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Afghan militias and policemen gather as they discuss during a battle at the Chardara district of Kunduz province, May 3, 2015. Reuters/Stringer

Reuters: Stretched Afghan army falls back on militias to help defend Kunduz

The Afghan government has enlisted hundreds of militia fighters controlled by local commanders to battle Taliban militants near the northern city of Kunduz, officials said, underlining how the armed forces are struggling to tackle the insurgency alone.

The recruitment of unofficial armed groups in Kunduz is on a larger scale than previous attempts by the government and NATO forces to recruit militias in the fight against the Taliban.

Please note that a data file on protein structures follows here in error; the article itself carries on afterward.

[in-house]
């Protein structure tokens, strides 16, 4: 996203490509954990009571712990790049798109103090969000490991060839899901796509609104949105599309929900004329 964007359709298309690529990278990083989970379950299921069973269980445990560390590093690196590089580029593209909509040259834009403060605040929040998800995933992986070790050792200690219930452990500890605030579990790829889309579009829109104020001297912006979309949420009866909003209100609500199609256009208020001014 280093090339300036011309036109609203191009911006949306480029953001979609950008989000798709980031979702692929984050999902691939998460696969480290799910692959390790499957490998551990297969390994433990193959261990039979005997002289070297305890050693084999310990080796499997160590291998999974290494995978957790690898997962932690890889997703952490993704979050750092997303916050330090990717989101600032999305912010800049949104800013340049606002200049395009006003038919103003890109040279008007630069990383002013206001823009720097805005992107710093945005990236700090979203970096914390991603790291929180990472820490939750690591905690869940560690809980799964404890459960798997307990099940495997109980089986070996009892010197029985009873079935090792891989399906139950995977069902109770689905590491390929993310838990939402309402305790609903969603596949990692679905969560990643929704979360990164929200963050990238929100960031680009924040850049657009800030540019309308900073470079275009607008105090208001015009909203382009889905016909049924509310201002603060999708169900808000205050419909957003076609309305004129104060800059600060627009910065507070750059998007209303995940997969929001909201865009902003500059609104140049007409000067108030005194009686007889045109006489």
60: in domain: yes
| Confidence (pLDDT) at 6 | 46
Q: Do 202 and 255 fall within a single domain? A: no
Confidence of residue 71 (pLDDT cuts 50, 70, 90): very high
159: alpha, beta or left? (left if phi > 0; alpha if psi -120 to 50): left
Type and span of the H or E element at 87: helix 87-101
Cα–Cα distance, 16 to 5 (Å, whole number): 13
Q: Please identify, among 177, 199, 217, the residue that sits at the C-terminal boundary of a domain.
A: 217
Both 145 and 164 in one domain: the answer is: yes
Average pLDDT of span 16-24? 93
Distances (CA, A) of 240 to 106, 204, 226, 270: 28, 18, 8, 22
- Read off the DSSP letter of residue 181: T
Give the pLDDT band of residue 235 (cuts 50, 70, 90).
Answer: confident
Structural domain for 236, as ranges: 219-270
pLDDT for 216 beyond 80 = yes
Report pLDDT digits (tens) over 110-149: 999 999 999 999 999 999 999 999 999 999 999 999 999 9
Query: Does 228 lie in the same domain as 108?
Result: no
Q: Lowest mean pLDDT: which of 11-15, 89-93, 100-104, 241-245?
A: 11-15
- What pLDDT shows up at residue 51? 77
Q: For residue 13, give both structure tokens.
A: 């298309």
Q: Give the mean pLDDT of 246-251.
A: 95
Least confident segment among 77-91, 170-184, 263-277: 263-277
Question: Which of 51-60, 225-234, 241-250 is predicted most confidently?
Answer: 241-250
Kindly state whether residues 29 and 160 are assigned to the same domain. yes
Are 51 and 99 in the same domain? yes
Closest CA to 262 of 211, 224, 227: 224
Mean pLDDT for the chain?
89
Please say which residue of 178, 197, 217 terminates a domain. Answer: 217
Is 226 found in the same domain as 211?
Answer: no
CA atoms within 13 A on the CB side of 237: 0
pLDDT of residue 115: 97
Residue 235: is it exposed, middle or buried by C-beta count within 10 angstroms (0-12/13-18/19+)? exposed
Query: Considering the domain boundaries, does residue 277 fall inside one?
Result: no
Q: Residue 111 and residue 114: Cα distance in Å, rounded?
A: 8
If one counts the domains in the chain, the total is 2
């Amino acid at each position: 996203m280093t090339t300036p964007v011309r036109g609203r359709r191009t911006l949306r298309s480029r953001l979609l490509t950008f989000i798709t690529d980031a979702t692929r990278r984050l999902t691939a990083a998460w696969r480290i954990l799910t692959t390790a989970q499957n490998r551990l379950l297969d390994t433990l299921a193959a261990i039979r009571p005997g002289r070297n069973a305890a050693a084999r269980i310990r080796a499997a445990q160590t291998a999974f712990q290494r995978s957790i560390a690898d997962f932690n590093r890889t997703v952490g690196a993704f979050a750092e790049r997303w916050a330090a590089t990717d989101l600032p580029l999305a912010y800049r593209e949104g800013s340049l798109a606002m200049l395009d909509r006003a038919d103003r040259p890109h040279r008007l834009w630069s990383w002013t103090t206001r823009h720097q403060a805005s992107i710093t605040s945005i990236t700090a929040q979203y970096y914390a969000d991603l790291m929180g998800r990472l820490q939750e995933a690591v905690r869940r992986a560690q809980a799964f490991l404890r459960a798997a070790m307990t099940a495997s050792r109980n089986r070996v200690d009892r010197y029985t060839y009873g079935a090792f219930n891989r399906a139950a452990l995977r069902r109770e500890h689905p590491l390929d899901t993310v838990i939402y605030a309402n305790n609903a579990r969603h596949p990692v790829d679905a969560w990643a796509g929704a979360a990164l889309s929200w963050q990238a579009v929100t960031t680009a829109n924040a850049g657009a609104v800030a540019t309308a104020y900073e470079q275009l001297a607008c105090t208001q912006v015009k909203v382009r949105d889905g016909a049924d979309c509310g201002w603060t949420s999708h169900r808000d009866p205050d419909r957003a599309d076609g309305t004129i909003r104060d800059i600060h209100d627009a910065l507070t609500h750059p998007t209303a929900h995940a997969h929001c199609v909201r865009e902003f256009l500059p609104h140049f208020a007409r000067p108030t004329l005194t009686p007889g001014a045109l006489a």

It may also signal a compromise of sorts for President Ashraf Ghani's administration, which had been trying to curb the influence of so-called "mujahideen" strongmen who held key positions in former President Hamid Karzai's government.

Ghani's spokesman, Ajmal Abidy, denied that the Kunduz recruitment amounted to re-arming mujahideen militias.

WNU Editor: Warlords and their militias have been a fact of life for Afghanistan since the withdrawal of Soviet forces in the late 1980s. In fact .... some are calling this a "return to normal" .... Afghanistan: It Is All Just Business (Strategy Page)

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